ISLAMABAD - Sri Lankan President Maithripala Sirisena and Prime Minister Ranil Wickramasinghe have inaugurated an exposition of the most sacred relics of the Buddha brought from Pakistan in an impressive ceremony at Temple Trees.

A large number of senior monks/religious scholars, Speaker of the Sri Lankan Parliament Karu Jayasuriya, senior govt Ministers, high-level govt officials, Secretary Heritage Pakistan Mohsin Haqqani, Deputy High Commissioner of Pakistan Dr Sarfraz Sipra, curator of Taxila Museum as well as officers of the High Commission attended the inaugural ceremony, said a message received here from Colombo.

The sacred relics included two holy bone relics of the Buddha, a golden casket containing the relics and a stone reliquary in stupa shape.

These holy relics are part of collection from Taxila Museum of Pakistan, which is located at one of the most important archaeological sites in Asia.

The holy relics will be in Colombo for four days for public exposition and after that the relics would be taken to Gampaha (May 25-26 ), Kurunegala (May 27-28), Kalutara ( May 29-June 1st), Ratnapura ( June 2-3 ), Galle ( June 4-5 ), Matara (June 6-7), Hambantota ( June 8-9), Moneragala (June 10-11), Badulla (June 12-13), Ampara (June 14-15), Polonnaruwa ( June 16-17 ), Anuradhapura ( June 18-19) and Kandy ( June 20-21).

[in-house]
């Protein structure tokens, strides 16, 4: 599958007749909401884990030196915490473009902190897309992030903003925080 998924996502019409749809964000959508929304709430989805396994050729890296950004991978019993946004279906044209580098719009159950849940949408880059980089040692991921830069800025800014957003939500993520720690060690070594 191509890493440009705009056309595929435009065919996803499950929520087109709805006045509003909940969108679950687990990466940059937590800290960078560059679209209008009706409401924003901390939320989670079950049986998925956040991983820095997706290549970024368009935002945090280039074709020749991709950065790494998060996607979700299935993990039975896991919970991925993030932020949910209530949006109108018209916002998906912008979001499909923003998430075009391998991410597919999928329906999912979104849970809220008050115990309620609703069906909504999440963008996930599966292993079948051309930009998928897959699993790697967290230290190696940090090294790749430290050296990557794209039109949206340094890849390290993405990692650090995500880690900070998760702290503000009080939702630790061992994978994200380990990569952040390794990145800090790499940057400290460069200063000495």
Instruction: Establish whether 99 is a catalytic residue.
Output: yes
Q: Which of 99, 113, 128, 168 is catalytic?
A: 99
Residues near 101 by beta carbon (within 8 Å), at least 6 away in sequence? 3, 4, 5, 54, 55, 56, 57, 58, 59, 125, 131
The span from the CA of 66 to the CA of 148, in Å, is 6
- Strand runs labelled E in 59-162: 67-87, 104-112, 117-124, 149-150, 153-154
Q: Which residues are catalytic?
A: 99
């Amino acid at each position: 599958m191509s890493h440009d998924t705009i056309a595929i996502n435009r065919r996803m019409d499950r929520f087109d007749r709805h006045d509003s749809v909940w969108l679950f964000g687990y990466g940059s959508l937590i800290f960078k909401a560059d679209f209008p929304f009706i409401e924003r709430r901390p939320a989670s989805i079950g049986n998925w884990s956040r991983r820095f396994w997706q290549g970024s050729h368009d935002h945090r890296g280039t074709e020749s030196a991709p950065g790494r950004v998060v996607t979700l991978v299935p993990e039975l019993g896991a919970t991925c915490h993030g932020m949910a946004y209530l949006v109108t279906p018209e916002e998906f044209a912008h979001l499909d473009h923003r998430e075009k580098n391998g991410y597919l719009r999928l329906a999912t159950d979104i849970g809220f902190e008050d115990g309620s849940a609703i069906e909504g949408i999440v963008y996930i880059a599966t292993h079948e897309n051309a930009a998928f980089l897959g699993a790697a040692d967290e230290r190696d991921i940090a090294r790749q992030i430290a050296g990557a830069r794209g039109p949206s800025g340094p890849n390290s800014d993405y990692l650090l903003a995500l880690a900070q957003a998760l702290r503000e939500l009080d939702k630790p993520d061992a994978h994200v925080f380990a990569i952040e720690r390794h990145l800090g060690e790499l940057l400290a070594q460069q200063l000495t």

Afterwards, the relics will be brought back to Colombo on June 22.

The relic casket of steatite with a miniature gold casket inside containing holy bone relics were found near the Dharmarajika stupa.

The steatite casket is 7.5 inch high and has been well turned on the lath. It has adorned with shallow incised lines round its body and provided with handle on the led in the shape of a miniature casket.

Dharmarajika stupa is the earliest and the largest Buddhist religious complex at Taxila. It is situated on the bank of Dharma rivulet and was built to enshrine the redistributed holy relics of the Buddha by the famous Mauryan King Asoka the great who was also known as Dharmaraja for his services to Buddhism. Thus it named Dharmarajika.

The Gandhara civilisation was not only the center of spiritual influence but also the cradle of the world famous Gandhara culture, art and learning.